The Haunt

Free The Haunt by A. L. Barker

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Authors: A. L. Barker
already old, sitting up in the hammock with a stock of grey hair and yellow eyes like a tiger’s.
    He turned and ran. She called after him, ‘Come back tomorrow and we’ll talk about it.’
    They never did talk about it, though Ernie went back next day and the next and many days after. There was nothing else to do. She had been a schoolteacher, he could just see her chalking on the blackboard. In the village they resented her living in a big house, setting herself up as a fine lady. People said she had plenty of money but she dispensed no charity, allowed her property to go to rack and ruin, made no friends and few contacts. Ernie came up against hard feelings if he mentioned her. It was easier to keep quiet. He didn’t himself know what to make of her.
    When she started calling him Ernest, he said, ‘Don’t call me that.’
    ‘Why not?’
    ‘It’s cissy.’
    ‘If it was good enough for Hemingway it’s good enough for you.’
    Perhaps there was something toffee-nosed about her, but he liked talking to her, he was beginning to find his voice and was agreeably surprised by the strength and variety of his convictions. She came alive listening to him airing them. Her eyes weren’t yellow, they were sort of amber and glowed when she laughed. She didn’t laugh at him, he wouldn’t have stood for that; he was able to join in, even when the laugh was on himself.
    She never asked him into the house, she watched from the window and came to him in the garden. One day she said, ‘How do you get into the garden?’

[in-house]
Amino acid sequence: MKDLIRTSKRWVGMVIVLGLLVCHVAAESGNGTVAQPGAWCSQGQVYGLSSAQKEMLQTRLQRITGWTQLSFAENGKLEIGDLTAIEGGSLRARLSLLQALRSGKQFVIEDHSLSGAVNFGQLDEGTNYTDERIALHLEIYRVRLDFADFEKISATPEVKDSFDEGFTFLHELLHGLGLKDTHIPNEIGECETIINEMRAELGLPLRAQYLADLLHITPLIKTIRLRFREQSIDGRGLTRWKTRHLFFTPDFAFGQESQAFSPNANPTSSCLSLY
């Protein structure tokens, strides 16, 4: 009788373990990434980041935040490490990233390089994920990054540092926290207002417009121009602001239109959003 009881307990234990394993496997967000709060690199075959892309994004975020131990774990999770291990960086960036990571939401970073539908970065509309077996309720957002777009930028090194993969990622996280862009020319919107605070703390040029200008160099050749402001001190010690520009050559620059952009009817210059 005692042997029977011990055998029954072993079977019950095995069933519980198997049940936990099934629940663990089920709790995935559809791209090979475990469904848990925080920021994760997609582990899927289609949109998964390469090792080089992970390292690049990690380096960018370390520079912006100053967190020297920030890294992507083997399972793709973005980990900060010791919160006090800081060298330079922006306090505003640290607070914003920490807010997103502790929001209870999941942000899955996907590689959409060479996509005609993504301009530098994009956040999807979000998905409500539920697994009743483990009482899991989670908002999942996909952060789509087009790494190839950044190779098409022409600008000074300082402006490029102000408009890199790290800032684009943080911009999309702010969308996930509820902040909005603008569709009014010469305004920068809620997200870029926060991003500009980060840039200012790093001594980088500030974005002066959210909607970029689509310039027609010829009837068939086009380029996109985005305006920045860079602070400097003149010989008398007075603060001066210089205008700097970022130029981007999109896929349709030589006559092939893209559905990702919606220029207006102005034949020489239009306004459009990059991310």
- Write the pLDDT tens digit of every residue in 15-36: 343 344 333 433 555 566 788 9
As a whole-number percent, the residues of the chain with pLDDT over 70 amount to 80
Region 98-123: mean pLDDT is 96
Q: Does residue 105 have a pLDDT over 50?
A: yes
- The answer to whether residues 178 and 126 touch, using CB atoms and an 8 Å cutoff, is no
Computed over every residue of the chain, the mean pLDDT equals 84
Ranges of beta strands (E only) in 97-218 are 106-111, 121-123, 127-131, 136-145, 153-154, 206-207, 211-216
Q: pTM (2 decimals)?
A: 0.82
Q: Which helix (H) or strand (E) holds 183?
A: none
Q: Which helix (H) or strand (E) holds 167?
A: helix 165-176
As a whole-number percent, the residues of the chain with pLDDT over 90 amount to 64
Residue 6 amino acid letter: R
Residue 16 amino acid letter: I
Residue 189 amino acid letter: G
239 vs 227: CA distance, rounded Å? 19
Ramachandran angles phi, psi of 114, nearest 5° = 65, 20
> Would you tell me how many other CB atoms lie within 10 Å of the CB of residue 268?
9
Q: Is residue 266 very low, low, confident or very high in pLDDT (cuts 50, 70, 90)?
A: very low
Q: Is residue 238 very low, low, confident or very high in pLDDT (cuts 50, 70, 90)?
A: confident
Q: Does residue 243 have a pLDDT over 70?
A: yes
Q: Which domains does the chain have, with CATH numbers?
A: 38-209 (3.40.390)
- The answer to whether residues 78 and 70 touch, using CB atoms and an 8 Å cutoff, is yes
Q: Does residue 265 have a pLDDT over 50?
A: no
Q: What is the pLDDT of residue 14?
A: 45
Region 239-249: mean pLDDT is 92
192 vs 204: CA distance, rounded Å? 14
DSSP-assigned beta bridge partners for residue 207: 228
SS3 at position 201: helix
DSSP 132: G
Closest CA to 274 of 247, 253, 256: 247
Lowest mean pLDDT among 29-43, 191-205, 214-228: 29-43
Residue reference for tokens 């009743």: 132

‘Over the wall.’
    ‘But it’s so high.’
    ‘I climb into the tree and drop down.’
    ‘Tree? What tree?’
    ‘The big oak that hangs over the wall.’
    ‘I’d rather you didn’t.’
    ‘Why?’
    ‘You must stop climbing that tree!’
    ‘I shan’t hurt it.’
    ‘Hurt it? Oh my God!’ She rocked, laughing; it was one time he couldn’t join in.
    He said stoutly, ‘What’s up then? It’s only an old tree.’
    ‘There’s a gate in the wall. I’ll give you the key and you can come in that way.’
    ‘I like climbing in. No problem.’
    ‘I want you to promise never to get into that tree again.’
    ‘Oh sure.’
    ‘On your word of honour. If you have one.’
    Ernie drew a finger across his neck. After that he made a point of looking closely at the tree. There was nothing to see – no more, anyway, than was to be expected: leaves and branches and a hole in the trunk where owls or something lived. She probably thought he would fall. He would show her what a climber he was. Meantime he accepted the key and used the door. There was a name painted on it – ‘Bellechasse’. He asked her what it meant. She said it was French for good hunting.
    One day he came and found her lying in the hammock. It was the middle of a heatwave, the hottest day of the year. ‘The wireless says there’s a storm coming.’ She had her eyes shut, like the first time he saw her. But now the fine lines inher face had drawn together, making it a mask. She looked a million years old. Ernie felt a twinge of disquiet. He said, ‘Storm makes the wireless crackle. Atmospherics.’
    One of her hands was draped out of the hammock and something she had been holding fell to the ground. Ernie picked up a small leather-covered book.
    ‘Give that to me!’ Suddenly she was wide awake.
    ‘What is it?’
    He was actually handing it over when she pushed it back into his hand. ‘Let’s see what you can make of it.’ The way she spoke, taunting, put his back up.
    The book had a bitter smell. He opened it on pages dog-eared and brown at the edges, covered with spidery writing. The words were foreign, nightmarish. Every few pages carried a heading, he guessed it was the date. On some were diagrams and rows of numbers.
    ‘Well? What do you suppose it is?’
    ‘Could be a diary.’
    ‘That’s clever of you.’ She took the book from him, clasped it prayerwise between her palms. ‘It’s the diary of a fighter pilot during the

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